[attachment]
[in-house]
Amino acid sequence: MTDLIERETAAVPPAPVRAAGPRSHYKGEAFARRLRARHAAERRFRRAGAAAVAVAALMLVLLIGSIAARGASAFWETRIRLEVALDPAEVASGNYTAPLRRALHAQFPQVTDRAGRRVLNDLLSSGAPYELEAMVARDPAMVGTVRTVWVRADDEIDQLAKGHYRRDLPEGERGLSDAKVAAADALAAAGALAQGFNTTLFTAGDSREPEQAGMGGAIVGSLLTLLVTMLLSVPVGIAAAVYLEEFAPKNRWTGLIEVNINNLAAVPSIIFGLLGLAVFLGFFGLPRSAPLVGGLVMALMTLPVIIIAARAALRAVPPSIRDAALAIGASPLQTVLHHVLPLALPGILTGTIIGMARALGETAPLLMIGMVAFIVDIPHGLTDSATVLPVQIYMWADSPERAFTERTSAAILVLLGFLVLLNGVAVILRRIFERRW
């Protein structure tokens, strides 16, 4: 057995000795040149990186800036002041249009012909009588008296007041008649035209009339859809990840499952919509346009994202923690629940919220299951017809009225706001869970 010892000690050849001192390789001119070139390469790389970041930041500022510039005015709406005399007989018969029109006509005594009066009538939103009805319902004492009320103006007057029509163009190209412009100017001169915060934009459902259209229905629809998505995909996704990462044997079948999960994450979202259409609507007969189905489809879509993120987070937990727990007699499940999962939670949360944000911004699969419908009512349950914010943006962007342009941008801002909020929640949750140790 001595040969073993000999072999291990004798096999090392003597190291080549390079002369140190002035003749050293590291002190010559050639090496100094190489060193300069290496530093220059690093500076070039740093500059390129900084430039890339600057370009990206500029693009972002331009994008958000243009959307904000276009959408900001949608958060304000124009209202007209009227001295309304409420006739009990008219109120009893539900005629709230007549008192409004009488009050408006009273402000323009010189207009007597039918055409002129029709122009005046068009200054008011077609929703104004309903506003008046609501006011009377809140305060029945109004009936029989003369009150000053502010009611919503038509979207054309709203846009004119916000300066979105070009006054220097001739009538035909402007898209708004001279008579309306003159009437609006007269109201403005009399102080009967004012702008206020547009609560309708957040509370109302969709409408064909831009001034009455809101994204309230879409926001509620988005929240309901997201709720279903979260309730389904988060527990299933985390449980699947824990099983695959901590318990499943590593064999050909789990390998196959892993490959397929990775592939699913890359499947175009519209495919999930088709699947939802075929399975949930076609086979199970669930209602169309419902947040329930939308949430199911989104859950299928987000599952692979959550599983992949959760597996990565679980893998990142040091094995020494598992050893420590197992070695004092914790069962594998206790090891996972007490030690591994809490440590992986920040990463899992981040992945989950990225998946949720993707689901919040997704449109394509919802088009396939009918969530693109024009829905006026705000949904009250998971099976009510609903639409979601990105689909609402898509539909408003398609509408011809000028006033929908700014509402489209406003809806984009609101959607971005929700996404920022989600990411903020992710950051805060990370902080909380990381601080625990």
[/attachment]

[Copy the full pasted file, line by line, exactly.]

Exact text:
[in-house]
Amino acid sequence: MTDLIERETAAVPPAPVRAAGPRSHYKGEAFARRLRARHAAERRFRRAGAAAVAVAALMLVLLIGSIAARGASAFWETRIRLEVALDPAEVASGNYTAPLRRALHAQFPQVTDRAGRRVLNDLLSSGAPYELEAMVARDPAMVGTVRTVWVRADDEIDQLAKGHYRRDLPEGERGLSDAKVAAADALAAAGALAQGFNTTLFTAGDSREPEQAGMGGAIVGSLLTLLVTMLLSVPVGIAAAVYLEEFAPKNRWTGLIEVNINNLAAVPSIIFGLLGLAVFLGFFGLPRSAPLVGGLVMALMTLPVIIIAARAALRAVPPSIRDAALAIGASPLQTVLHHVLPLALPGILTGTIIGMARALGETAPLLMIGMVAFIVDIPHGLTDSATVLPVQIYMWADSPERAFTERTSAAILVLLGFLVLLNGVAVILRRIFERRW
């Protein structure tokens, strides 16, 4: 057995000795040149990186800036002041249009012909009588008296007041008649035209009339859809990840499952919509346009994202923690629940919220299951017809009225706001869970 010892000690050849001192390789001119070139390469790389970041930041500022510039005015709406005399007989018969029109006509005594009066009538939103009805319902004492009320103006007057029509163009190209412009100017001169915060934009459902259209229905629809998505995909996704990462044997079948999960994450979202259409609507007969189905489809879509993120987070937990727990007699499940999962939670949360944000911004699969419908009512349950914010943006962007342009941008801002909020929640949750140790 001595040969073993000999072999291990004798096999090392003597190291080549390079002369140190002035003749050293590291002190010559050639090496100094190489060193300069290496530093220059690093500076070039740093500059390129900084430039890339600057370009990206500029693009972002331009994008958000243009959307904000276009959408900001949608958060304000124009209202007209009227001295309304409420006739009990008219109120009893539900005629709230007549008192409004009488009050408006009273402000323009010189207009007597039918055409002129029709122009005046068009200054008011077609929703104004309903506003008046609501006011009377809140305060029945109004009936029989003369009150000053502010009611919503038509979207054309709203846009004119916000300066979105070009006054220097001739009538035909402007898209708004001279008579309306003159009437609006007269109201403005009399102080009967004012702008206020547009609560309708957040509370109302969709409408064909831009001034009455809101994204309230879409926001509620988005929240309901997201709720279903979260309730389904988060527990299933985390449980699947824990099983695959901590318990499943590593064999050909789990390998196959892993490959397929990775592939699913890359499947175009519209495919999930088709699947939802075929399975949930076609086979199970669930209602169309419902947040329930939308949430199911989104859950299928987000599952692979959550599983992949959760597996990565679980893998990142040091094995020494598992050893420590197992070695004092914790069962594998206790090891996972007490030690591994809490440590992986920040990463899992981040992945989950990225998946949720993707689901919040997704449109394509919802088009396939009918969530693109024009829905006026705000949904009250998971099976009510609903639409979601990105689909609402898509539909408003398609509408011809000028006033929908700014509402489209406003809806984009609101959607971005929700996404920022989600990411903020992710950051805060990370902080909380990381601080625990």